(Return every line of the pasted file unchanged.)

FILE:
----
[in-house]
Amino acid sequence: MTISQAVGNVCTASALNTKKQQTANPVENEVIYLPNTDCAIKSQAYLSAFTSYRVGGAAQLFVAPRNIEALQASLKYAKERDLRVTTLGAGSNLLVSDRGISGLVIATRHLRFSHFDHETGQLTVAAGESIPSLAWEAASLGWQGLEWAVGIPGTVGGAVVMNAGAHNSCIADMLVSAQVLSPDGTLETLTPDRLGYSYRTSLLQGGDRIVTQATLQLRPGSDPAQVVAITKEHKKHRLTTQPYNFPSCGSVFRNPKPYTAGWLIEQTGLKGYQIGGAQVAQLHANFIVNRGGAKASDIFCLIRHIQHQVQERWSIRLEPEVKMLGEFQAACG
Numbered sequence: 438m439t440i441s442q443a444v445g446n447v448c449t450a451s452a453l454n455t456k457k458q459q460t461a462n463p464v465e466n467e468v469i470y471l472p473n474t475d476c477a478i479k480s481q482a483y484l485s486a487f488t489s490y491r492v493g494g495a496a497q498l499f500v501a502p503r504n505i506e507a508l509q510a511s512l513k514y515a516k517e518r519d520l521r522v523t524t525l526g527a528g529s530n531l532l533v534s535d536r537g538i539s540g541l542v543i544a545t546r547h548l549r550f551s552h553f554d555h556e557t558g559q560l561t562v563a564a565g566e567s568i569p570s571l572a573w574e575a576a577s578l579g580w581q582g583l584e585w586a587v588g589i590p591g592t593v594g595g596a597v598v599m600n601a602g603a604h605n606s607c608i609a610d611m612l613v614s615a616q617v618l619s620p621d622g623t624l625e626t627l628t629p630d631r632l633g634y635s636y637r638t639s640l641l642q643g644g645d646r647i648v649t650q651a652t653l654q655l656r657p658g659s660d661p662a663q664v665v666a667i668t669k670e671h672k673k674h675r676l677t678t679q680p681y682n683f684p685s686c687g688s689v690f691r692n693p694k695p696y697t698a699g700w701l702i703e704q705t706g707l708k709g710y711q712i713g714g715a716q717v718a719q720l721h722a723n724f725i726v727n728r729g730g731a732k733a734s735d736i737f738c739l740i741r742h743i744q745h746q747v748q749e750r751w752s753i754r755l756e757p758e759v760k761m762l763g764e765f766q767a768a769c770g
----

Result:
[in-house]
Amino acid sequence: MTISQAVGNVCTASALNTKKQQTANPVENEVIYLPNTDCAIKSQAYLSAFTSYRVGGAAQLFVAPRNIEALQASLKYAKERDLRVTTLGAGSNLLVSDRGISGLVIATRHLRFSHFDHETGQLTVAAGESIPSLAWEAASLGWQGLEWAVGIPGTVGGAVVMNAGAHNSCIADMLVSAQVLSPDGTLETLTPDRLGYSYRTSLLQGGDRIVTQATLQLRPGSDPAQVVAITKEHKKHRLTTQPYNFPSCGSVFRNPKPYTAGWLIEQTGLKGYQIGGAQVAQLHANFIVNRGGAKASDIFCLIRHIQHQVQERWSIRLEPEVKMLGEFQAACG
Numbered sequence: 438m439t440i441s442q443a444v445g446n447v448c449t450a451s452a453l454n455t456k457k458q459q460t461a462n463p464v465e466n467e468v469i470y471l472p473n474t475d476c477a478i479k480s481q482a483y484l485s486a487f488t489s490y491r492v493g494g495a496a497q498l499f500v501a502p503r504n505i506e507a508l509q510a511s512l513k514y515a516k517e518r519d520l521r522v523t524t525l526g527a528g529s530n531l532l533v534s535d536r537g538i539s540g541l542v543i544a545t546r547h548l549r550f551s552h553f554d555h556e557t558g559q560l561t562v563a564a565g566e567s568i569p570s571l572a573w574e575a576a577s578l579g580w581q582g583l584e585w586a587v588g589i590p591g592t593v594g595g596a597v598v599m600n601a602g603a604h605n606s607c608i609a610d611m612l613v614s615a616q617v618l619s620p621d622g623t624l625e626t627l628t629p630d631r632l633g634y635s636y637r638t639s640l641l642q643g644g645d646r647i648v649t650q651a652t653l654q655l656r657p658g659s660d661p662a663q664v665v666a667i668t669k670e671h672k673k674h675r676l677t678t679q680p681y682n683f684p685s686c687g688s689v690f691r692n693p694k695p696y697t698a699g700w701l702i703e704q705t706g707l708k709g710y711q712i713g714g715a716q717v718a719q720l721h722a723n724f725i726v727n728r729g730g731a732k733a734s735d736i737f738c739l740i741r742h743i744q745h746q747v748q749e750r751w752s753i754r755l756e757p758e759v760k761m762l763g764e765f766q767a768a769c770g